Ms. Chen's skills both on and off the podium have been recognized, as someone who has redefined the orchestra experience and as a music educator. Among her honors and awards are the 2012 Helen M. Thompson Award from the League of American Orchestras and First Prize Winner of the 2005 Malko Competition in Copenhagen (the first woman to do so). As recipient of the 2007 Taki Concordia Fellowship, she appeared jointly with Marin Alsop and Stefan Sanderling in highly acclaimed subscription concerts with the Baltimore Symphony, Colorado Symphony and Florida Orchestra.

Following a successful six season tenure (2010-2016) as Music Director of the Memphis Symphony Orchestra Ms. Chen was named Conductor Laureate this past spring. She served as Assistant Conductorof the Atlanta Symphony and Baltimore Symphony under the aegis of the League of American Orchestras, and with the Oregon symphony as well. In 2002, Ms. Chen was unanimously selected as Music Director of the Portland Youth Philharmonic in Oregon, the oldest of its kind and a model for many youth orchestras in the United States. During her five-year tenure with the orchestra, she led its sold-out debut in Carnegie Hall, received an ASCAP award for innovative programming, and developed new and unique musicianship programs for the orchestra's membro. She was also the recipient of a Sunburst Award from Young Audiences for her contribution to music education.

Born in Taiwan, Mei-Ann Chen has lived in the United States since 1989. She was the first student in New England Conservatory's history to receive master's degrees simultaneously in both violin and conducting. She later studied with Kenneth Kiesler at the University of Michigan, where she earned a Doctor of Musical Arts degree in conducting. Ms. Chen also participated in the National Conducting Institute in Washington, D.C. and at the American Academy of Conducting in Aspen.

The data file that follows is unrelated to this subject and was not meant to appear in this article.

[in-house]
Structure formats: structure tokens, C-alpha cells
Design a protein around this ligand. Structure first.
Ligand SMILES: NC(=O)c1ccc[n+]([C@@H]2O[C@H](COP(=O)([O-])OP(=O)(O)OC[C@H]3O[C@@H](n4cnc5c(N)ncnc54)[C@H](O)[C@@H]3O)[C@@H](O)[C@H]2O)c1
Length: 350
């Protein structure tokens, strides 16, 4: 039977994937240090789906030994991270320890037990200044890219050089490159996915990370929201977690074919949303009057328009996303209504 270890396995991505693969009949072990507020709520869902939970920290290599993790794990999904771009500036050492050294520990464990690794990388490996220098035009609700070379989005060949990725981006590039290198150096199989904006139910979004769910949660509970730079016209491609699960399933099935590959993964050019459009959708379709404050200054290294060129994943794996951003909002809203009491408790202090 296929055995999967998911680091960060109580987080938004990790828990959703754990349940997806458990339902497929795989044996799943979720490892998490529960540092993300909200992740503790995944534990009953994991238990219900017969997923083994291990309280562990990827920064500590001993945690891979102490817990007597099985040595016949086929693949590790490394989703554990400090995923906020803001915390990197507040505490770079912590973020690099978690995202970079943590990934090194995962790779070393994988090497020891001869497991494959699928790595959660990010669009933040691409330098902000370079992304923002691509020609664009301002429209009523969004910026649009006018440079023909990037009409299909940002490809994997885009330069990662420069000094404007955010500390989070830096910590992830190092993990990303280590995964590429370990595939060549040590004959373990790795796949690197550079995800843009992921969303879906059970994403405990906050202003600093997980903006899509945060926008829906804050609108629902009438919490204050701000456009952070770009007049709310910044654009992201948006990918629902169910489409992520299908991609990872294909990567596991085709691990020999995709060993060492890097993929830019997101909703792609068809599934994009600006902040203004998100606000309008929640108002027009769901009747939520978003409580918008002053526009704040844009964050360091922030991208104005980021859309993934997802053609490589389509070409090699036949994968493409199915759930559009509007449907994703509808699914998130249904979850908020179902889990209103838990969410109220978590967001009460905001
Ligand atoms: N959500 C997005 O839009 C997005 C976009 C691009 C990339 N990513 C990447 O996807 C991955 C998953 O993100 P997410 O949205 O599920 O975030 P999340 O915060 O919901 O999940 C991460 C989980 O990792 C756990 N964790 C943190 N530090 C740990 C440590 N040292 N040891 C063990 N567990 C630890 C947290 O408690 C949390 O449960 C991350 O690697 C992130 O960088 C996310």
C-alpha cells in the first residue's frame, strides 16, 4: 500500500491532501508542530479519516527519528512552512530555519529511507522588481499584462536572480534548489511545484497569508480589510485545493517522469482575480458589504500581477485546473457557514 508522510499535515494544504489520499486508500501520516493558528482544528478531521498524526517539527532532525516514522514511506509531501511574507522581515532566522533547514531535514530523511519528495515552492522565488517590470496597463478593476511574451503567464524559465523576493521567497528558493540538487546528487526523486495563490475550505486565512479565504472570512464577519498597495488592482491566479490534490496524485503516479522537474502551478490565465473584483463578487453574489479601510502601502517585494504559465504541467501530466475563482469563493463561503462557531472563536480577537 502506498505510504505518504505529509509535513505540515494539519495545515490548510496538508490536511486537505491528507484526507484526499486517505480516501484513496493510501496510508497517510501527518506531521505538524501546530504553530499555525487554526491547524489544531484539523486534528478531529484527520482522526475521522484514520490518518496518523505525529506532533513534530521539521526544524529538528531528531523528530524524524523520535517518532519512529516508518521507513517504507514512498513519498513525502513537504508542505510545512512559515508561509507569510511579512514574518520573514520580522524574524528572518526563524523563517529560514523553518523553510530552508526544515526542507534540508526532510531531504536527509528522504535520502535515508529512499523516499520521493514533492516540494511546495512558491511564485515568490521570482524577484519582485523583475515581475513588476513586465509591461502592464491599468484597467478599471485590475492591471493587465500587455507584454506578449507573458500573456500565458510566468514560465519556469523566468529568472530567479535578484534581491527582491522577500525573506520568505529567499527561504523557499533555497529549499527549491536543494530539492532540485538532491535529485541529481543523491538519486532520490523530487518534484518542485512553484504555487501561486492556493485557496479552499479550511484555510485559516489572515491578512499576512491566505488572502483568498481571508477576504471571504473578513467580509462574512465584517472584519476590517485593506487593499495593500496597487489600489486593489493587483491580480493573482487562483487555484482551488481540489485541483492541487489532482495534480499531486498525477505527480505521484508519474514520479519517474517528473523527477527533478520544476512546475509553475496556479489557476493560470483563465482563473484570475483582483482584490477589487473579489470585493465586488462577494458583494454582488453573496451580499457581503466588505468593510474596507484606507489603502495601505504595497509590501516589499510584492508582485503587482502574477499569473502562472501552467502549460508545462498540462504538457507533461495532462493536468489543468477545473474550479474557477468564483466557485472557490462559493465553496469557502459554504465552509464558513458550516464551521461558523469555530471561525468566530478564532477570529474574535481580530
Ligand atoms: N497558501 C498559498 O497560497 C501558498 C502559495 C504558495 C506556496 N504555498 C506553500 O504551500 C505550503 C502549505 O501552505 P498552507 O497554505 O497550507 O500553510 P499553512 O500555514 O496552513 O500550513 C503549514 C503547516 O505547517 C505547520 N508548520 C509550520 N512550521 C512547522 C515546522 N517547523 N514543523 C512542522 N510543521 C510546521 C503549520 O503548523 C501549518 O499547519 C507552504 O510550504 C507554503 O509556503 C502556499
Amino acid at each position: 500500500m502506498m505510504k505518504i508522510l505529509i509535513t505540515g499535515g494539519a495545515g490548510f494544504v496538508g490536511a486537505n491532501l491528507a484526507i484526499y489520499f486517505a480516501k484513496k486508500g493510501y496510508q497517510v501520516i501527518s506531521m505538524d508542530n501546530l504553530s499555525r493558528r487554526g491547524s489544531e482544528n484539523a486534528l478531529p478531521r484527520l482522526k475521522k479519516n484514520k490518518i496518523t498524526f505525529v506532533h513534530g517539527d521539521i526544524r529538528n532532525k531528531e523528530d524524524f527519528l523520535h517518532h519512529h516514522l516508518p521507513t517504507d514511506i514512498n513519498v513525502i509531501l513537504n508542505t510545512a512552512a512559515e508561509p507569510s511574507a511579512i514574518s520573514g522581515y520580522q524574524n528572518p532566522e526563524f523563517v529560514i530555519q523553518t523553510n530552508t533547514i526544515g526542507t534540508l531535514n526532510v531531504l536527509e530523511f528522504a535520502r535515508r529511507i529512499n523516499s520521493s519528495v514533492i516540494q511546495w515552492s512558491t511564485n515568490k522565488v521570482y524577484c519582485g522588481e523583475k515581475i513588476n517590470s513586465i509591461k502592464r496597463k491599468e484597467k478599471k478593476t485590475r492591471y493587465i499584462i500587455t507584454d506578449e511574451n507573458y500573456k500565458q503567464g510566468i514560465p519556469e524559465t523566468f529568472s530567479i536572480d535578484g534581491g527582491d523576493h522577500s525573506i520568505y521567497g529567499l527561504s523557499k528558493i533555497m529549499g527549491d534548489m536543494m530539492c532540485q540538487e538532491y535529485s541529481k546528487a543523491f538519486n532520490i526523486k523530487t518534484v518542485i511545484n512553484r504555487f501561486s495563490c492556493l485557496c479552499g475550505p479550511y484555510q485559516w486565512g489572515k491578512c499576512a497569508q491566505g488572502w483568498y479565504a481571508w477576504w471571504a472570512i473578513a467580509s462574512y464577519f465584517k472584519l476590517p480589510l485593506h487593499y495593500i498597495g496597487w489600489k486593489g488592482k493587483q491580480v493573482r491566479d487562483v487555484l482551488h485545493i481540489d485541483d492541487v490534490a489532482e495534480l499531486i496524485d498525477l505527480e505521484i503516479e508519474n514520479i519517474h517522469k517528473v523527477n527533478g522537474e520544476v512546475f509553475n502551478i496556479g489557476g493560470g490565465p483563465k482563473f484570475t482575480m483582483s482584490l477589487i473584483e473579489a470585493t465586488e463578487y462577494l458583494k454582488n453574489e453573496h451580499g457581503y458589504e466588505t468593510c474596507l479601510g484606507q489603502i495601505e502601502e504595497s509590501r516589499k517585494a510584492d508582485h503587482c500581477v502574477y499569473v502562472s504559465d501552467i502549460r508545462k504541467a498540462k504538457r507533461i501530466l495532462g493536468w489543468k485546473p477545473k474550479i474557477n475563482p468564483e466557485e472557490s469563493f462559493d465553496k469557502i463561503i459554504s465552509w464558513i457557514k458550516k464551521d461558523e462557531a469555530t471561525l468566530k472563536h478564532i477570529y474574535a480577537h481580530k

The Concerto

Leading exponents of traditional Japanese instruments perform with Orchestra of the Swan, shakuhachi Grand Master James Nyoraku Schlefer and Yumi Kurosawa, o...

Hagen writes in his program note, "The substance of Genji, my composition for koto and string quartet, or small, or large orchestra, is a result of the quintessentially Japanese koto interacting with western orchestra.

The style of the work blossoms from whatever preconceived notions of what the koto and the orchestra "ought" to sound like that the listener brings to the piece. The interplay of traditions therefore generates the genre of the piece: I call it a concerto only because of the clash of musical traditions involved, not because the soloist is in any way at odds with the ensemble.

Music creates its own narrative, and has its own inner logic; however, in order to assist the listener on this particular journey, I have overlaid one appropriated from the greatest of all Japanese epics, Genji. The result is a sequence of psychological situations, one per movement, each with a colorful, descriptive title drawn from the novel.

Originally commissioned by Kyo-Shin-An for koto and string quartet, I simultaneously created versions for koto and chamber orchestra, and koto and large orchestra. The soloist for the premiere of all three versions, which differ only in instrumentation, was Yumi Kurosawa."

The Wintergreen Music Festival

Located in Virginia’s Blue Ridge Mountains, Wintergreen Performing Arts, Inc. is a nonprofit organization that produces a high-quality summer music festival featuring symphonic and chamber concerts, as well as other performing arts programs throughout the year. Education is a major part of its mission, reflected both in the Wintergreen Summer Music Academy and in outreach programs for those living in the surrounding area. By attracting first-rate musicians to participate as performers and educators, Wintergreen Performing Arts strives to enrich the lives of all–residents and visitors alike–who share the unique Wintergreen experience.

  • Learn more about the concerto here.
  • Learn more about Yoko Reikano Kimura here.
  • Learn more about Mei-An Chen here.
  • Learn more about the Wintergreen Music Festival here.
Earlier Event: July 20
Chaplin's City Lights (New Score)
Later Event: July 22
Koto Concerto